Work Requirements and How They Can Impact Medicaid Beneficiaries 

work requirementsWork Requirements and How They Can Impact Medicaid Beneficiaries

With new Medicaid work requirements, it seems millions of beneficiaries can be affected. Ten states are looking to rewrite the eligibility standards for Medicaid. The signing of the executive order calls for work requirements for those receiving Medicaid; states, such as Kentucky and Arkansas, are pushing forward. So what do these work requirements actually mean for Medicaid beneficiaries? How can this affect you? We will cover this and more as we take a deep dive into the Medicaid work requirements.

What Are Work Requirements

Some have related these work requirements to the 47,000 Minnesotans who lost food stamp benefits after work requirements were reintroduced for that program. Work requirements allow a person’s health coverage to be contingent on someone’s work status. Trump, who is allowing all states to have the option of work requirements, will put some at risk of losing coverage. Ultimately, these work requirements ask those who get Medicaid to work or look for a job, study for a high-school diploma, volunteer, and more. Although seen as cruel, these requirements hope to weed out able-bodied people who are considered lazy.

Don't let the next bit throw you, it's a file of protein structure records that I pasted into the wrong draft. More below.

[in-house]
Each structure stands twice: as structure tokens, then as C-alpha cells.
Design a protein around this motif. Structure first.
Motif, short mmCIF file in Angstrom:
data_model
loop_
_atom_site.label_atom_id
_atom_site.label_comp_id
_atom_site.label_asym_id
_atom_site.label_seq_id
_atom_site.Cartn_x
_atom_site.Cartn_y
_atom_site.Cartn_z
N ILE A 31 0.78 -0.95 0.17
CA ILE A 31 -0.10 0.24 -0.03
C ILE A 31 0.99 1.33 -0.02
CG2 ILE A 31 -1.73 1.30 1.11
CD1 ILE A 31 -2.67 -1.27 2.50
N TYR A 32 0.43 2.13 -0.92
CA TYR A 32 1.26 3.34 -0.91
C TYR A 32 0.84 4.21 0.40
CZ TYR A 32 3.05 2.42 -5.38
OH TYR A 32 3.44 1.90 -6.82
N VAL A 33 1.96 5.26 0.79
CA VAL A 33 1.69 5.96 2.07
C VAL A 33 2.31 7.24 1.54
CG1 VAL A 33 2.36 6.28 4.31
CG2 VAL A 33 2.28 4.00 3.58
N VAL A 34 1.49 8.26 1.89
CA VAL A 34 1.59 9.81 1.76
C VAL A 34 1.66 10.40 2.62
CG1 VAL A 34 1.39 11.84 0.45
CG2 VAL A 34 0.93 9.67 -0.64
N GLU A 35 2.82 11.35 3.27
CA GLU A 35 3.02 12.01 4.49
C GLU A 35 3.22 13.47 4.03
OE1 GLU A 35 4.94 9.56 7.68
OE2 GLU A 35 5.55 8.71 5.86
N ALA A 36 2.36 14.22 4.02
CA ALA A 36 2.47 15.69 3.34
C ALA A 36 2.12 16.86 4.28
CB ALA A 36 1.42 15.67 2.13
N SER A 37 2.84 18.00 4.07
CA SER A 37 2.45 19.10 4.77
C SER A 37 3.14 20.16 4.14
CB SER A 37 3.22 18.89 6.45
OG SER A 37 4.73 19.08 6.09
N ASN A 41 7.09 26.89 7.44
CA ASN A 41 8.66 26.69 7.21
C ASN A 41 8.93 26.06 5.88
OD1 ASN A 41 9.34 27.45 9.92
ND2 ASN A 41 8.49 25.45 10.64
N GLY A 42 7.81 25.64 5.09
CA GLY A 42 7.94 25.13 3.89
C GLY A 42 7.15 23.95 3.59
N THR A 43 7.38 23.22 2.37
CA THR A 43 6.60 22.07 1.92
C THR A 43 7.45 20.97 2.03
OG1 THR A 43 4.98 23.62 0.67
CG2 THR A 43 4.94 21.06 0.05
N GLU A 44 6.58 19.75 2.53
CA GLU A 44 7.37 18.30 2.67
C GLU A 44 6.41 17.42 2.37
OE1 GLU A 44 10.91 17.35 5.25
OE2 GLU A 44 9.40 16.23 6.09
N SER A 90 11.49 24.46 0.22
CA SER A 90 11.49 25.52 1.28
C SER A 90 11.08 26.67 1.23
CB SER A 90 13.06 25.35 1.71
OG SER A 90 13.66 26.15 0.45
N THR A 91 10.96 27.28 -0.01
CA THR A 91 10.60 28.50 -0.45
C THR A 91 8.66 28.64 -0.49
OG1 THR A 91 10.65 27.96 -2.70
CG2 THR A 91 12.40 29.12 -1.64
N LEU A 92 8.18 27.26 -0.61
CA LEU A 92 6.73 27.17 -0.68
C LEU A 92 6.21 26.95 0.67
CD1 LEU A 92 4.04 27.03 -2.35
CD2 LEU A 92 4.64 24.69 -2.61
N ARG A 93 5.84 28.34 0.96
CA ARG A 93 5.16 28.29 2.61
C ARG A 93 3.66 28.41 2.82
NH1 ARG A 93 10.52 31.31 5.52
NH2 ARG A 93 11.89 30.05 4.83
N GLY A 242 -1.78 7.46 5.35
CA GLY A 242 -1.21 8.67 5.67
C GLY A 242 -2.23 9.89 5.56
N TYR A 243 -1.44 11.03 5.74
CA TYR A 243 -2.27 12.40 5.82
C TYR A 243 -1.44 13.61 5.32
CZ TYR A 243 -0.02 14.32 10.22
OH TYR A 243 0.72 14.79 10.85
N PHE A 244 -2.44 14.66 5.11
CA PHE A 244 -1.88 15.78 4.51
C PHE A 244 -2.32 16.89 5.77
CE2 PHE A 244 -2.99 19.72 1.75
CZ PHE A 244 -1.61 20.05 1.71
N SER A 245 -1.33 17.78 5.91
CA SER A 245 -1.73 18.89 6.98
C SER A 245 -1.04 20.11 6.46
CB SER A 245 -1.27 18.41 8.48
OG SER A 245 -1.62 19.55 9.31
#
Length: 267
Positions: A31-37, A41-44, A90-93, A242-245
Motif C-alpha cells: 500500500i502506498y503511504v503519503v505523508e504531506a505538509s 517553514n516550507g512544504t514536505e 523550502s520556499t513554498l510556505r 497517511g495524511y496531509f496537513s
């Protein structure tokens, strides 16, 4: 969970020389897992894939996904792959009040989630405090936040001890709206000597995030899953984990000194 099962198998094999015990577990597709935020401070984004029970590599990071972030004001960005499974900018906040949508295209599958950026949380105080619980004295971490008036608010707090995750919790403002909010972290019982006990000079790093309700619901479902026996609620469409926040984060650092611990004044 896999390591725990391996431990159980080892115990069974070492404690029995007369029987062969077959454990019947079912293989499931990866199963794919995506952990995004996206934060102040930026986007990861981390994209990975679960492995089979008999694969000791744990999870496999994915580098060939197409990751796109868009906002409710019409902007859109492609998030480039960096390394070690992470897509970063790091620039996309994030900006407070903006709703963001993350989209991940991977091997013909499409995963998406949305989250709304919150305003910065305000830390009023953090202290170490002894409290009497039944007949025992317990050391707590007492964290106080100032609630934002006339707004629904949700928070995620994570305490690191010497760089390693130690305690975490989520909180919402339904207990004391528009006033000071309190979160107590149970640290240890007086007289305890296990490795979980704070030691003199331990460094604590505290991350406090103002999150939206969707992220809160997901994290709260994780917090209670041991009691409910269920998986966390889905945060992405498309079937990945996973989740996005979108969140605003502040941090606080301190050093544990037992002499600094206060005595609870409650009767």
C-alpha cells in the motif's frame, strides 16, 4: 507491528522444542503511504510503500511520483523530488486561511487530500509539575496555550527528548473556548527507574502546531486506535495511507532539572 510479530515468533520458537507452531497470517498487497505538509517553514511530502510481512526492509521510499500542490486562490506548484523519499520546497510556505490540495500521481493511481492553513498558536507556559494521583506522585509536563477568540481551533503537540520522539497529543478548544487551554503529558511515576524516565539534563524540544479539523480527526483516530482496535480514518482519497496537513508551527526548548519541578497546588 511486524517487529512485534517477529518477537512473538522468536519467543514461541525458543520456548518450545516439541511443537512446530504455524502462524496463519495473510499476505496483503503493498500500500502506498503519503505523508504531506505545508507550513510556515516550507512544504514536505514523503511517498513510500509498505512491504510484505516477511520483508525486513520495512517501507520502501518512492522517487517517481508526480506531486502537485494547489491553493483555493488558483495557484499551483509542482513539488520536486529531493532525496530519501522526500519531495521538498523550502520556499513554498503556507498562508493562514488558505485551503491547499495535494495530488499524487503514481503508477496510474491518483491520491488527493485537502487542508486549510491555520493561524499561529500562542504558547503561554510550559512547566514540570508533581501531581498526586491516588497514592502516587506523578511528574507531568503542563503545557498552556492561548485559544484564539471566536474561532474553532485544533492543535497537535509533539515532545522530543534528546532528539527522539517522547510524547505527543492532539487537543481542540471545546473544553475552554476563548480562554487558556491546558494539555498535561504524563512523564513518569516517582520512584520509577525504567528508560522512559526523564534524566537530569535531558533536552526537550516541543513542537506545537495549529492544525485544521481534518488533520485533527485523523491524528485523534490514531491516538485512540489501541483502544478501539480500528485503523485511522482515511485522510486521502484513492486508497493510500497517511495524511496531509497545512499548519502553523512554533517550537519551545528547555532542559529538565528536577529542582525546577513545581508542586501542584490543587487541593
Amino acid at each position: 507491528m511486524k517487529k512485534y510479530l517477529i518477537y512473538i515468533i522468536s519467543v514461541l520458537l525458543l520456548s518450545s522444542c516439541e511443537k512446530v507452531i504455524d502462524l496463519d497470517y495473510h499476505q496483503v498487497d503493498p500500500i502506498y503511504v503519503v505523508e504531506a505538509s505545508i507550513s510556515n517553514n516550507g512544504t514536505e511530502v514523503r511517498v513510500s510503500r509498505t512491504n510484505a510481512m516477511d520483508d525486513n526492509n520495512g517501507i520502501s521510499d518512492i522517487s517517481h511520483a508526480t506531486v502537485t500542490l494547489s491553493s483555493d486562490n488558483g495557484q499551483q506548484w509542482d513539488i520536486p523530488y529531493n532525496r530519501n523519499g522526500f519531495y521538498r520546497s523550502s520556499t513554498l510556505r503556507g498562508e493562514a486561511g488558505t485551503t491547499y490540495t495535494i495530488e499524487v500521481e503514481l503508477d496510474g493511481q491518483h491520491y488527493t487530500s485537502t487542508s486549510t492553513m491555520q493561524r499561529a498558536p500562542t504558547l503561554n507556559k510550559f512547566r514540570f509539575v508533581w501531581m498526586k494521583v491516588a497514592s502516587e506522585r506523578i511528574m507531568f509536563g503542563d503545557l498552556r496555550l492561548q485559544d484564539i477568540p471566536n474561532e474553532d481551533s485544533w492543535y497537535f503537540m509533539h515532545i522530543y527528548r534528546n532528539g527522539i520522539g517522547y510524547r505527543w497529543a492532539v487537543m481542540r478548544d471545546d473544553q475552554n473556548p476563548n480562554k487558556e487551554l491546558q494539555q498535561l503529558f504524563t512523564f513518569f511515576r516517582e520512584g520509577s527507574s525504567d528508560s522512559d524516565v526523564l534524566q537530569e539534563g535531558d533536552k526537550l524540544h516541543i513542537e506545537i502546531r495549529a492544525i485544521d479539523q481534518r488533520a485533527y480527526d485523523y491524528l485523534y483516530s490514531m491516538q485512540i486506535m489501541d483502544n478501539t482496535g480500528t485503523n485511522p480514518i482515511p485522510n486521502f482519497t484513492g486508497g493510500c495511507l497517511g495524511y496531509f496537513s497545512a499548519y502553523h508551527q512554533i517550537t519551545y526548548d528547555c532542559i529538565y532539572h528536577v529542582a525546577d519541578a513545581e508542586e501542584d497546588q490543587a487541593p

States and Who Can Be Affected

These requirements will save millions of Medicaid spending, but at what cost. With nearly 10 million of the 25 million adults on Medicaid not working, it’s important to find alternatives to the requirements to make sure those 10 million people aren’t left without a paddle. States that plan to impose conditions include Arizona, Arkansas, Indiana, Kansas, Kentucky, Maine, New Hampshire, North Carolina, Utah, and Wisconsin. Firstly, it is important to note this is the first time that any state has ever been able to get approval for imposing work requirements. Secondly, work requirements will only apply to “able-bodied” adults.

In Summary

All-in-all, people will lose coverage like it or not. In Kentucky alone, it estimates that close to 95,000 people will no longer have Medicaid. States will have more money to spend on others who might need more coverage and other places. Work requirements may increase engagement and incentivize financial security, although nearly half of beneficiaries can lose coverage under work requirements. For this system to work, we will need to look at every possible outcome and decide if it’s the best plan. However, with the amount of people this can impact, we have to play it smart. For more on work requirements, visit here.

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